To revive Freeport's downtown experts ask, what comes first: companies or clientele? One developer thinks he has the answer to breathe life into downtown.
Ryan Hughes has a plan. He used to sit on the Freeport Downtown Development Foundation board. Hughes says he would work to bring in new businesses and they would stay for a little bit but then close up.
"We decided that it would probably be better to take the reverse approach and put the people in the downtown, populate the sidewalks and then ask the businesses to come," says Ryan Hughes, Newport Group board member.
Hughes wants to get people living in the central city. He is currently working on turning the top two floors above the Health Source Building into lofts. He couldn't show us inside yet because of a privacy agreement. But he says this is not low-income housing they are targeting people who can pay between $700 to $1000 a month for rent.
"We've got to put young professionals in the financial demographic group that are going to support local businesses like some of the higher end restaurants and clothes stores and coffee shops," says Hughes.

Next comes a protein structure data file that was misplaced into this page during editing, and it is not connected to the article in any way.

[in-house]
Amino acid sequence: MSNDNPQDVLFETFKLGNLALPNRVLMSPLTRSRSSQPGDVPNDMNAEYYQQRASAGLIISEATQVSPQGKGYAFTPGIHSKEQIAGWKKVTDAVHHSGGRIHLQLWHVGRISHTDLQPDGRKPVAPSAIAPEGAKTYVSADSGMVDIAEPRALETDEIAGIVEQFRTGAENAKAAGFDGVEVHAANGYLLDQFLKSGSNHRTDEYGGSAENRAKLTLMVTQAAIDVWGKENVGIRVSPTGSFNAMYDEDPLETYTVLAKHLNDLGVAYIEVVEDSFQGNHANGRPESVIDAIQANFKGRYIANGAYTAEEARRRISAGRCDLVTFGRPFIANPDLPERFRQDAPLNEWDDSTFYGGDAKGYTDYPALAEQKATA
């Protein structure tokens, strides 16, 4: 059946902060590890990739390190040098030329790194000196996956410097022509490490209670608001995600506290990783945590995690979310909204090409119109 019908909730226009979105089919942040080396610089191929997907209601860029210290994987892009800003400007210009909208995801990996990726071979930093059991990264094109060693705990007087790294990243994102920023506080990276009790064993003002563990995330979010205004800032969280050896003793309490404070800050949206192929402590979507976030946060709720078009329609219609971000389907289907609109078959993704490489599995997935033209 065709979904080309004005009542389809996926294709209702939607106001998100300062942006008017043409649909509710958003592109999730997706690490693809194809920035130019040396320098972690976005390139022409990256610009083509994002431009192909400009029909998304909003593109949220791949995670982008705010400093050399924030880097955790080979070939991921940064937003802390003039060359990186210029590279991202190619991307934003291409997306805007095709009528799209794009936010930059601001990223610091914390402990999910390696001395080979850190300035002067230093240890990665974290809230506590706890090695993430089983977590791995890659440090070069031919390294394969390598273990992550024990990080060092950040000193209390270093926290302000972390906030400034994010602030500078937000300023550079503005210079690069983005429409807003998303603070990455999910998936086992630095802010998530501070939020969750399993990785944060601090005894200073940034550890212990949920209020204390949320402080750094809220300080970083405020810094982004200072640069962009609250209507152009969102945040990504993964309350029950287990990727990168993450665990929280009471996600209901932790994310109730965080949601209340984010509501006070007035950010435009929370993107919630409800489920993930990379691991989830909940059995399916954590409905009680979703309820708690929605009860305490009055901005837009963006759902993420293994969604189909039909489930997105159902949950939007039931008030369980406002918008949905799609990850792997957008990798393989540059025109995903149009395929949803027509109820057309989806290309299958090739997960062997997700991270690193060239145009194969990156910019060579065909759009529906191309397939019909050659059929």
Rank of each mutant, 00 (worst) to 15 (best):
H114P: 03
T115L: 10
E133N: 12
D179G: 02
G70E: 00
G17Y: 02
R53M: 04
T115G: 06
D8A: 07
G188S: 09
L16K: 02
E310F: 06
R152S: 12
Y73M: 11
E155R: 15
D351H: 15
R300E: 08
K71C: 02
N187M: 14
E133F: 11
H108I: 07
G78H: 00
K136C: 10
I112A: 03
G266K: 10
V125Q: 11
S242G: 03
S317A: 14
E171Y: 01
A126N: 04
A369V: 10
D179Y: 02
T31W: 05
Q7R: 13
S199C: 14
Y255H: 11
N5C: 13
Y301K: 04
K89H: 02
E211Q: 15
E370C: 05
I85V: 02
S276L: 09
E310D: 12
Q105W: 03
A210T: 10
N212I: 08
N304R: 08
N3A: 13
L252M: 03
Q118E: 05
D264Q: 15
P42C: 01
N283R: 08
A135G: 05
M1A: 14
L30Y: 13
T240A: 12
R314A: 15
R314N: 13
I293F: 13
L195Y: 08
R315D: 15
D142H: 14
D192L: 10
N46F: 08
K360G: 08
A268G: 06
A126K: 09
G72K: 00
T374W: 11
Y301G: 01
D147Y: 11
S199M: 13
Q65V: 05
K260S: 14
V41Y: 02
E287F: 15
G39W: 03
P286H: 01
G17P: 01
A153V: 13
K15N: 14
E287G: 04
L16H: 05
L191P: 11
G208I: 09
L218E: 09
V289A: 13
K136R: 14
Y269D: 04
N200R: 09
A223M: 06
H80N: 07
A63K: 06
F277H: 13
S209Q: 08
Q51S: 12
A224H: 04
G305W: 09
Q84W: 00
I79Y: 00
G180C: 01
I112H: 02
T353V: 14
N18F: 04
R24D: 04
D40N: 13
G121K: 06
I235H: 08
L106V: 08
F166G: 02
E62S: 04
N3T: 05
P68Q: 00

The executive director of Freeport Downtown Development Foundation says the central city has more than 100 buildings that are more than a 100 years-old.
"First floors look great, buildings have businesses on the first floor but we would like second floor activity too," says Danielle Rodgers.
She says there's is a strong demand for downtown living. Apartments that are available have waiting lists. Rodgers say what they need now is more developers like Hughes.
"We maintaining the high ceilings that are inside, saving the old wood floors, high end kitchens with granite counter tops," says Hughes. "I feel this is an opportunity that has been lying dormant that is a perfect time in Freeport's history."
He plans to have four lofts finished by the end of the year. He expects to show the first one in late Spring.